Dishing Up 5 Ways to Increase Seniors' Appetites
There are so many ways the human body changes with age. A gradual loss of appetite is considered part of the normal aging process. The senses of smell and taste also decline with age, which can also affect appetite, in addition to making it more difficult for many seniors to get the same amount of pleasure from their foods. Other changes, including hormonal fluctuations, increased inflammation, and decreased physical activity can all cause appetite loss in aging adults. Difficulties chewing or swallowing, medical conditions, living alone or in a nursing home, and being chair- or bed-bound can all exacerbate the problem.
Left unchecked, appetite loss can lead to malnutrition and an increase in health issues. Thankfully, there are strategies caregivers can employ to tempt their loved one’s taste buds and ensure they're eating healthy. Try one of these five ways to boost senior nutrition while stimulating your aging parents' appetites.
Try Smaller, More Frequent Meals
Eating healthy meals doesn't require three meals per day or large portions. For seniors struggling with appetite loss, eating four to six small meals can be more palatable. Try to add nutrient-dense foods to every meal or snack, which lets you keep the portions small while enhancing nutrition and giving seniors a calorie boost. A few ideas to round out those smaller meals include:
- Incorporate heart-healthy fats like avocado and peanut butter
- Use plain Greek yogurt with fresh berries as a dessert or snack
- Add veggies and cheese to a half a sandwich on whole grain bread
- Try protein shakes and smoothies made with fresh fruits, veggies, yogurt, nut butters and/or low-fat dairy
Timing Is Everything
Try to figure out the time of day when your senior's appetite is the strongest and plan meals and snacks around that time. For example, many older adults have a greater appetite in the morning and afternoon and a lesser appetite during the evening hours. In this case, it makes sense to have a larger breakfast and lunch, with a snack between and a lighter supper. It might also help to keep seniors on a schedule that has them eating at the same time every day. Hunger signals tend to be strongest when they're anticipated, which is why sticking to a mealtime schedule can be effective.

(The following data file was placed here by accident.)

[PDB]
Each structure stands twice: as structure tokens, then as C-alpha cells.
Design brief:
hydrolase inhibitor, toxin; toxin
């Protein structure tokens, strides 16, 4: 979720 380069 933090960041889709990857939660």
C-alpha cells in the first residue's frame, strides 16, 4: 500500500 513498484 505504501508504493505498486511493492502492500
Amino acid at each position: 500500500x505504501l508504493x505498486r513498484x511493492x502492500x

Make Mealtime Fun
For aging parents, social isolation can be a major factor in causing appetite loss. Research suggests that eating alone is associated with the risk of under-nutrition and lower dietary variety. Make mealtime a social time by eating with your seniors when you can and arrange for other family members, friends, and neighbors to break bread with them when possible. You could check with your local senior center to find additional resources. You can also make mealtime more fun by playing seniors' favorite music while they eat.
Get Your Aging Parents Moving More
Increasing physical activity levels can help boost your parents' appetites, making it easier to get them eating healthy foods. Light activity including walking around the block a few times, having a brief dance party, or even light housework can help increase the appetite.
Focus on Nutrient-Rich Foods
When people don't have much of an appetite, they often turn to the wrong foods to try to gain a little weight. Candy, cookies, ice cream are all examples of empty calories that may boost the daily calorie count but won't nourish the body or improve senior nutrition. Incorporating more nutrient-rich foods into meals and snacks will help seniors get the protein, vitamins, minerals, fats, and carbohydrates they need. Examples include:
- Fruits and vegetables
- Beans, nuts, and seeds
- Lean proteins such as chicken, eggs, and fish
- Whole grains including brown rice, oatmeal, and whole wheat
- Low-fat milk and cheese or dairy alternatives such as fortified almond or soy milk
Kimberly-Clark Canada makes no warranties or representations regarding the completeness or accuracy of the information. This information should be used only as a guide and should not be relied upon as a substitute for professional medical or other health professional advice.